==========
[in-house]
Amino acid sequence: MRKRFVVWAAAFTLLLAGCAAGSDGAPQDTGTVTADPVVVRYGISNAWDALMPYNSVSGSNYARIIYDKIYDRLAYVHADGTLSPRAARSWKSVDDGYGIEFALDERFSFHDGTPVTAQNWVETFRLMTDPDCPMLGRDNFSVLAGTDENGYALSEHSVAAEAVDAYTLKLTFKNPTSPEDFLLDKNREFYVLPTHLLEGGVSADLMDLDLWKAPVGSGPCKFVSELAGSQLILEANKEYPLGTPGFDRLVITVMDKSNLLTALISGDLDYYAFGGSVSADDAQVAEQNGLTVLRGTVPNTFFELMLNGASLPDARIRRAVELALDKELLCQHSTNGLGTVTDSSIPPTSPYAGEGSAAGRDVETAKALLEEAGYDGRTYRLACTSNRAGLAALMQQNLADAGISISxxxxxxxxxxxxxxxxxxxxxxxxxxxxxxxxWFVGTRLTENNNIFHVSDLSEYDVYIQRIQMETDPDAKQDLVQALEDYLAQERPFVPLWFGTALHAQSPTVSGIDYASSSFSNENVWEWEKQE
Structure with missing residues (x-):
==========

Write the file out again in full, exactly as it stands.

[in-house]
Amino acid sequence: MRKRFVVWAAAFTLLLAGCAAGSDGAPQDTGTVTADPVVVRYGISNAWDALMPYNSVSGSNYARIIYDKIYDRLAYVHADGTLSPRAARSWKSVDDGYGIEFALDERFSFHDGTPVTAQNWVETFRLMTDPDCPMLGRDNFSVLAGTDENGYALSEHSVAAEAVDAYTLKLTFKNPTSPEDFLLDKNREFYVLPTHLLEGGVSADLMDLDLWKAPVGSGPCKFVSELAGSQLILEANKEYPLGTPGFDRLVITVMDKSNLLTALISGDLDYYAFGGSVSADDAQVAEQNGLTVLRGTVPNTFFELMLNGASLPDARIRRAVELALDKELLCQHSTNGLGTVTDSSIPPTSPYAGEGSAAGRDVETAKALLEEAGYDGRTYRLACTSNRAGLAALMQQNLADAGISISxxxxxxxxxxxxxxxxxxxxxxxxxxxxxxxxWFVGTRLTENNNIFHVSDLSEYDVYIQRIQMETDPDAKQDLVQALEDYLAQERPFVPLWFGTALHAQSPTVSGIDYASSSFSNENVWEWEKQE
Structure with missing residues (x-):